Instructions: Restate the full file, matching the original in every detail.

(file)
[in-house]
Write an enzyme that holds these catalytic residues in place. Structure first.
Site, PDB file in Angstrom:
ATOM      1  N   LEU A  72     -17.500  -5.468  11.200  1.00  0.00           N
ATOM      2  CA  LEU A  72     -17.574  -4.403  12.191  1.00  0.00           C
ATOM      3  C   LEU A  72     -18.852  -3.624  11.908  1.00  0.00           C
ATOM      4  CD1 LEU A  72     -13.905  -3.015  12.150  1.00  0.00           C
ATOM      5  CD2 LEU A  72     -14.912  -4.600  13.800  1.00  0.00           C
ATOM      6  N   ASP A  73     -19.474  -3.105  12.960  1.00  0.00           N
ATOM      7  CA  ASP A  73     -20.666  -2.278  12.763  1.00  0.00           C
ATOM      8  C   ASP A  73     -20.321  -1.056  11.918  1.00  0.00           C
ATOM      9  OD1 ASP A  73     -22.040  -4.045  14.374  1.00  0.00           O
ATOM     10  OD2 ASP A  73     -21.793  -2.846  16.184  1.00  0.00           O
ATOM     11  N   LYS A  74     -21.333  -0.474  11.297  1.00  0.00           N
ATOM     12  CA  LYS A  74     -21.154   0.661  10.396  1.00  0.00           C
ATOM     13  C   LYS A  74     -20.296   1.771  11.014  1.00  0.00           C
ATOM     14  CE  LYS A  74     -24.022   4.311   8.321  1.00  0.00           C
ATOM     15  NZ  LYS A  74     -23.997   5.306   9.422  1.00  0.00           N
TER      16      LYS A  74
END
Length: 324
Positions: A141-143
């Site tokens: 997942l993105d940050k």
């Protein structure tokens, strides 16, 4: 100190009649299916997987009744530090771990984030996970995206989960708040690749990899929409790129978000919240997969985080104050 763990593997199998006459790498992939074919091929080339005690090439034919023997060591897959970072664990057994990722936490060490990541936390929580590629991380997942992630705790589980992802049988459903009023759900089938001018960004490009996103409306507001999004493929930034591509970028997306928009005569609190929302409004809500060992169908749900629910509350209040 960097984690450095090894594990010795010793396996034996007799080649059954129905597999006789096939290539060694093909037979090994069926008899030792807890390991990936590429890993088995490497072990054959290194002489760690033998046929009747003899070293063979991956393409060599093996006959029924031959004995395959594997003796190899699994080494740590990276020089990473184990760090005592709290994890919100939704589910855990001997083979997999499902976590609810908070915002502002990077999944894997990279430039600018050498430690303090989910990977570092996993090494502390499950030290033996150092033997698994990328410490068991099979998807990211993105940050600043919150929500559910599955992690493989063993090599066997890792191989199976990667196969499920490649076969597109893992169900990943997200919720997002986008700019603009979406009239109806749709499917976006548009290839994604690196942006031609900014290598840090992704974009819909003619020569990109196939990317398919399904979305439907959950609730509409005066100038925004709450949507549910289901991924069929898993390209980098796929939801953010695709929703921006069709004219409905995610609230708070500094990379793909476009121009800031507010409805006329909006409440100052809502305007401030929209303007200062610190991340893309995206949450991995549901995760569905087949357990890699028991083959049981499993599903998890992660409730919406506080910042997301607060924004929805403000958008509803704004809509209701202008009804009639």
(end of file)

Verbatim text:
[in-house]
Write an enzyme that holds these catalytic residues in place. Structure first.
Site, PDB file in Angstrom:
ATOM      1  N   LEU A  72     -17.500  -5.468  11.200  1.00  0.00           N
ATOM      2  CA  LEU A  72     -17.574  -4.403  12.191  1.00  0.00           C
ATOM      3  C   LEU A  72     -18.852  -3.624  11.908  1.00  0.00           C
ATOM      4  CD1 LEU A  72     -13.905  -3.015  12.150  1.00  0.00           C
ATOM      5  CD2 LEU A  72     -14.912  -4.600  13.800  1.00  0.00           C
ATOM      6  N   ASP A  73     -19.474  -3.105  12.960  1.00  0.00           N
ATOM      7  CA  ASP A  73     -20.666  -2.278  12.763  1.00  0.00           C
ATOM      8  C   ASP A  73     -20.321  -1.056  11.918  1.00  0.00           C
ATOM      9  OD1 ASP A  73     -22.040  -4.045  14.374  1.00  0.00           O
ATOM     10  OD2 ASP A  73     -21.793  -2.846  16.184  1.00  0.00           O
ATOM     11  N   LYS A  74     -21.333  -0.474  11.297  1.00  0.00           N
ATOM     12  CA  LYS A  74     -21.154   0.661  10.396  1.00  0.00           C
ATOM     13  C   LYS A  74     -20.296   1.771  11.014  1.00  0.00           C
ATOM     14  CE  LYS A  74     -24.022   4.311   8.321  1.00  0.00           C
ATOM     15  NZ  LYS A  74     -23.997   5.306   9.422  1.00  0.00           N
TER      16      LYS A  74
END
Length: 324
Positions: A141-143
């Site tokens: 997942l993105d940050k």
């Protein structure tokens, strides 16, 4: 100190009649299916997987009744530090771990984030996970995206989960708040690749990899929409790129978000919240997969985080104050 763990593997199998006459790498992939074919091929080339005690090439034919023997060591897959970072664990057994990722936490060490990541936390929580590629991380997942992630705790589980992802049988459903009023759900089938001018960004490009996103409306507001999004493929930034591509970028997306928009005569609190929302409004809500060992169908749900629910509350209040 960097984690450095090894594990010795010793396996034996007799080649059954129905597999006789096939290539060694093909037979090994069926008899030792807890390991990936590429890993088995490497072990054959290194002489760690033998046929009747003899070293063979991956393409060599093996006959029924031959004995395959594997003796190899699994080494740590990276020089990473184990760090005592709290994890919100939704589910855990001997083979997999499902976590609810908070915002502002990077999944894997990279430039600018050498430690303090989910990977570092996993090494502390499950030290033996150092033997698994990328410490068991099979998807990211993105940050600043919150929500559910599955992690493989063993090599066997890792191989199976990667196969499920490649076969597109893992169900990943997200919720997002986008700019603009979406009239109806749709499917976006548009290839994604690196942006031609900014290598840090992704974009819909003619020569990109196939990317398919399904979305439907959950609730509409005066100038925004709450949507549910289901991924069929898993390209980098796929939801953010695709929703921006069709004219409905995610609230708070500094990379793909476009121009800031507010409805006329909006409440100052809502305007401030929209303007200062610190991340893309995206949450991995549901995760569905087949357990890699028991083959049981499993599903998890992660409730919406506080910042997301607060924004929805403000958008509803704004809509209701202008009804009639």